The preparations homeowners make now – ahead of storms, floods, or hurricanes – can help them recover faster and stay safe during clean-up, especially important for those hoping to sell their home so showings don’t get sidelined because of a natural disaster. The Outdoor Power Equipment Institute (OPEI), an international trade association representing manufacturers and suppliers of power equipment, small engines and battery power, utility and personal transport vehicles, and golf cars, and managing partner of GIE+EXPO, reminds homeowners that it’s best to get ready before a storm strikes.
“In the rush right before the storm, people sometimes forget to make sure their outdoor power equipment is in order,” said Kris Kiser, President and CEO of OPEI. “They also run out of time as weather is often unpredictable. At all times of the year, it’s important to keep your equipment in working order, have the right fuel on hand, and know where your safety gear is. This is doubly true during storm season.”
OPEI offers the following tips to help homeowners plan ahead for storm clean-up.
Make a list of what you need to clean up. Survey your property. Consider the damage a storm might cause and make a list of what tools might be needed for repairs. You might need a chainsaw, pruner, generator, or utility type vehicle.
Take stock of your outdoor power equipment. Make sure equipment is in good working order. If needed, take your equipment to an authorized service center for maintenance or repair.
Find your safety gear. Avoid the scramble for sturdy shoes, safety goggles, hard hats, reflective clothing and work gloves, which should be stored in an accessible area with your equipment.
Review the owner’s manuals for your equipment. Read product manuals to ensure you know how to operate your equipment safely.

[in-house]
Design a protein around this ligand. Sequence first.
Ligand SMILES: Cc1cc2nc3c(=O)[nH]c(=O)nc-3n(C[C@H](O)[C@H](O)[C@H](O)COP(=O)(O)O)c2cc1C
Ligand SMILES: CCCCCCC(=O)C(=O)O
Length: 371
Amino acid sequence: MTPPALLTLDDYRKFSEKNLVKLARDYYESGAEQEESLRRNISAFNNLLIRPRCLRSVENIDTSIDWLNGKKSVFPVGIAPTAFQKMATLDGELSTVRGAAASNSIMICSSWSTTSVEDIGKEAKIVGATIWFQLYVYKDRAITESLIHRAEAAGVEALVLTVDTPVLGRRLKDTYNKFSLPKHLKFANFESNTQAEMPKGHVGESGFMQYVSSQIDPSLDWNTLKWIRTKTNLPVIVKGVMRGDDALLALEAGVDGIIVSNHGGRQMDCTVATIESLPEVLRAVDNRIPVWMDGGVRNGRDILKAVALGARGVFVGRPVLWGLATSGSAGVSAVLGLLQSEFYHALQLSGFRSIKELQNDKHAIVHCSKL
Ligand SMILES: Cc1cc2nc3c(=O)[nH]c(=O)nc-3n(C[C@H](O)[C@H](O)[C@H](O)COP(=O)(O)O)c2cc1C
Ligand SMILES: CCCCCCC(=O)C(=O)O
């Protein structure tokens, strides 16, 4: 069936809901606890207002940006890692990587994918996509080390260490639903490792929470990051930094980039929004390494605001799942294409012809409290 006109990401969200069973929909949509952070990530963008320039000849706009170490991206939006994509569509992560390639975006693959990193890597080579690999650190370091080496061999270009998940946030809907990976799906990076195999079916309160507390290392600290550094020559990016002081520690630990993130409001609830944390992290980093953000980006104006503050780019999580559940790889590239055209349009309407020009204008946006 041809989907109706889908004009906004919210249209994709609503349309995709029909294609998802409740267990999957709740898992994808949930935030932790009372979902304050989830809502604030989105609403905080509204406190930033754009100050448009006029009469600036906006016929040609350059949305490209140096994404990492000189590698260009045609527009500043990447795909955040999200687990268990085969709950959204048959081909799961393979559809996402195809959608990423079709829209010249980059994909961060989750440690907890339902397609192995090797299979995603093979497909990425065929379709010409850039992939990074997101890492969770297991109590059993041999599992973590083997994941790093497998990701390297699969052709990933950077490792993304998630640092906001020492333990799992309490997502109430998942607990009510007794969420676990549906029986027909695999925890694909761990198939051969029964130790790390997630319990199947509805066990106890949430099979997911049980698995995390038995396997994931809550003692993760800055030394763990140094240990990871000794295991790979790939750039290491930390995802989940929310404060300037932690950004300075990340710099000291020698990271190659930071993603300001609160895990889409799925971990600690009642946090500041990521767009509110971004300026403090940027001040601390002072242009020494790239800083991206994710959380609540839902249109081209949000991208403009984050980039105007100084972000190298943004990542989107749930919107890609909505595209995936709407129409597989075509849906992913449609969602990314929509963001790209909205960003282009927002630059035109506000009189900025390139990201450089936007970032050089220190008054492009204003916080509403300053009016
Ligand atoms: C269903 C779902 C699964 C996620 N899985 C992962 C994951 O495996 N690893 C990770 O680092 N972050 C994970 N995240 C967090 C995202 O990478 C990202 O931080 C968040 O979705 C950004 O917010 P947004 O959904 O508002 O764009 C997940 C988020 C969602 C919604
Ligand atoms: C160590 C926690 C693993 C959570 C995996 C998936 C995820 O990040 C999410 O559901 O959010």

Have the right fuel on hand. Fuel stations may be closed after a storm, so it’s important to have the proper fuel for your equipment. Store your fuel in an approved container. Use the type of fuel recommended by your equipment manufacturer. It is illegal to use any fuel with more than 10% ethanol in outdoor power equipment (for more information on proper fueling for outdoor power equipment visit LookBeforeYouPump.com).
Charge batteries. Charge the batteries for your battery-powered outdoor power equipment before a natural disaster hits so it is ready to use, even if the power goes out.
Remain calm and use common sense when using outdoor power equipment. Clearheaded thinking and smart decision-making can help you make smart choices. This is no time to rush. Take time to think through a strategy for clean-up efforts.
Use safety precautions. Be aware of fundamental dangers that can occur. For instance, chainsaw kickback may happen when the moving chain at the tip of the guide bar touches an object, or when the wood closes in and pinches the saw chain in the cut. Always stand with your weight on both feet, and adjust your stance so you are angled away from the blade. Hold the chainsaw with both hands. Never over-reach or cut anything above your shoulder height. Always have a planned retreat path if something falls.
Keep firm footing when using pole saws and pole pruners. Keep a firm footing on the ground. Observe the safety zone, which means keeping bystanders and power lines (those above you and any that might have fallen down) at least 50 feet away from your work area.
Ensure portable electric generators have plenty of ventilation. Generators should never be used in an enclosed area or placed inside a home or garage, even if the windows or doors are open. Place the generator outside and away from windows, doors, and vents that could allow carbon monoxide to come indoors. Keep the generator dry and do not use it in rainy or wet conditions. Before refueling, turn the generator off and let it cool down.
Drive Utility Type Vehicles (UTVs) with caution. Keep the vehicle stable and drive slowly. Do not turn the vehicle mid-slope or while on a hill.
Be aware of others. Keep bystanders, children and animals out of your work area. Do not allow other people near outdoor power equipment, such as chainsaws, pole saws or pole pruners when starting the equipment or using it.
Pay attention to your health. Storm cleanup can be taxing on the body and the spirit. Do not operate power equipment when you are tired or overly fatigued. Drink plenty of water and take regular breaks.
To learn more visit www.opei.org.